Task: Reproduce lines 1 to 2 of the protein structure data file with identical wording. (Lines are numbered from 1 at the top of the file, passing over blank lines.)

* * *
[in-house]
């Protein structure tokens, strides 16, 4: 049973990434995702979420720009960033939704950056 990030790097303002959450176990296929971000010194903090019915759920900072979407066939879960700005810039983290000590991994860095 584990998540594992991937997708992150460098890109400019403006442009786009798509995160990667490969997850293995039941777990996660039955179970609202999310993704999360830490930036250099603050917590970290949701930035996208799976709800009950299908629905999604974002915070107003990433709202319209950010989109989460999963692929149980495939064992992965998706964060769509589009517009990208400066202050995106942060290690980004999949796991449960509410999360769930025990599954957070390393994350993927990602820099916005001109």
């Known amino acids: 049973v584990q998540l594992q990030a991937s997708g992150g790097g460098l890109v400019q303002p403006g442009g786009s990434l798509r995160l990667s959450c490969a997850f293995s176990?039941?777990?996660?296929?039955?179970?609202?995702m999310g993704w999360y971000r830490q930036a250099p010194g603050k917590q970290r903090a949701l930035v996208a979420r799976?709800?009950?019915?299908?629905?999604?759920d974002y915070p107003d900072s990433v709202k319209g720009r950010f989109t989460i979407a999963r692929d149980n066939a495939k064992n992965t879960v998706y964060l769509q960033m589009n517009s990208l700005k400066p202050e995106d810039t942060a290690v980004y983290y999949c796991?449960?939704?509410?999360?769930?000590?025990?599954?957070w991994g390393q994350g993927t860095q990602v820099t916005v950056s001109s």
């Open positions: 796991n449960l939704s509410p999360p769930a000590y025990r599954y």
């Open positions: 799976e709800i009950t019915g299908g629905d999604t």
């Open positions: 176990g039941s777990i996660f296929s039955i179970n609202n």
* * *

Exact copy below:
[in-house]
């Protein structure tokens, strides 16, 4: 049973990434995702979420720009960033939704950056 990030790097303002959450176990296929971000010194903090019915759920900072979407066939879960700005810039983290000590991994860095 584990998540594992991937997708992150460098890109400019403006442009786009798509995160990667490969997850293995039941777990996660039955179970609202999310993704999360830490930036250099603050917590970290949701930035996208799976709800009950299908629905999604974002915070107003990433709202319209950010989109989460999963692929149980495939064992992965998706964060769509589009517009990208400066202050995106942060290690980004999949796991449960509410999360769930025990599954957070390393994350993927990602820099916005001109």